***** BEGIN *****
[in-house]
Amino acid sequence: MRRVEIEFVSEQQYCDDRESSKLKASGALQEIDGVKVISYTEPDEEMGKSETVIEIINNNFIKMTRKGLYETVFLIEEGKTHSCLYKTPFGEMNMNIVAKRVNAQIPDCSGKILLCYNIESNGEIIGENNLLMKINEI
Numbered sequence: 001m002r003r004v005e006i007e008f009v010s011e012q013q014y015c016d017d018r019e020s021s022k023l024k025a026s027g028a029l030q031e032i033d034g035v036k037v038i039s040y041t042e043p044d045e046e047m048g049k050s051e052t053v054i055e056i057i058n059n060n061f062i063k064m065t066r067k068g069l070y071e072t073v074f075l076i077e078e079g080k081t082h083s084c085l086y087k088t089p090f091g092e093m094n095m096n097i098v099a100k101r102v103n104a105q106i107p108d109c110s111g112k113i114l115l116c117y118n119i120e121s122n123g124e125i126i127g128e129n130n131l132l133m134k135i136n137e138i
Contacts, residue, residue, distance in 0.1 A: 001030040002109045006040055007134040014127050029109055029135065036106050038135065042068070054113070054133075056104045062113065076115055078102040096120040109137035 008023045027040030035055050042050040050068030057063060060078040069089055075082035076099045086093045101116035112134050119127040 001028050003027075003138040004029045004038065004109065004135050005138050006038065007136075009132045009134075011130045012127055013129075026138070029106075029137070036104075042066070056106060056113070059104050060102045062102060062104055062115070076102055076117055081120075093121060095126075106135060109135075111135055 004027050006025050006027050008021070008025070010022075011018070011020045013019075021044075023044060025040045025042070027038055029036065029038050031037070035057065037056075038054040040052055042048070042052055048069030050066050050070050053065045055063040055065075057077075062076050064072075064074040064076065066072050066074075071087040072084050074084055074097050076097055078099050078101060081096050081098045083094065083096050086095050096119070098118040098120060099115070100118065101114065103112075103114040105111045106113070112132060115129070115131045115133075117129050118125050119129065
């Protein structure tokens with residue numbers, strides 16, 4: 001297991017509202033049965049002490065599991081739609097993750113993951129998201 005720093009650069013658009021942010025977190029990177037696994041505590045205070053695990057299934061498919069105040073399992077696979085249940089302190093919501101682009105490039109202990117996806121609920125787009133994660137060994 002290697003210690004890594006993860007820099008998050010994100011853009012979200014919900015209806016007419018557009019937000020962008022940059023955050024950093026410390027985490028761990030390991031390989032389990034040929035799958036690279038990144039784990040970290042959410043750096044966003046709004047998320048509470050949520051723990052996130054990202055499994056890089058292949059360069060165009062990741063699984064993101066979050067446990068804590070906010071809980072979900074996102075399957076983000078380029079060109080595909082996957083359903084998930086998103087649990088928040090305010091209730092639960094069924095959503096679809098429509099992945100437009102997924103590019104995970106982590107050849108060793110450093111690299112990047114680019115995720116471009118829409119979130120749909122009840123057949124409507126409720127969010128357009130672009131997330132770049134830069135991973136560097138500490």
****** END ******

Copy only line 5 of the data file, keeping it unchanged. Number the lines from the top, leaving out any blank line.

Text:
């Protein structure tokens with residue numbers, strides 16, 4: 001297991017509202033049965049002490065599991081739609097993750113993951129998201 005720093009650069013658009021942010025977190029990177037696994041505590045205070053695990057299934061498919069105040073399992077696979085249940089302190093919501101682009105490039109202990117996806121609920125787009133994660137060994 002290697003210690004890594006993860007820099008998050010994100011853009012979200014919900015209806016007419018557009019937000020962008022940059023955050024950093026410390027985490028761990030390991031390989032389990034040929035799958036690279038990144039784990040970290042959410043750096044966003046709004047998320048509470050949520051723990052996130054990202055499994056890089058292949059360069060165009062990741063699984064993101066979050067446990068804590070906010071809980072979900074996102075399957076983000078380029079060109080595909082996957083359903084998930086998103087649990088928040090305010091209730092639960094069924095959503096679809098429509099992945100437009102997924103590019104995970106982590107050849108060793110450093111690299112990047114680019115995720116471009118829409119979130120749909122009840123057949124409507126409720127969010128357009130672009131997330132770049134830069135991973136560097138500490």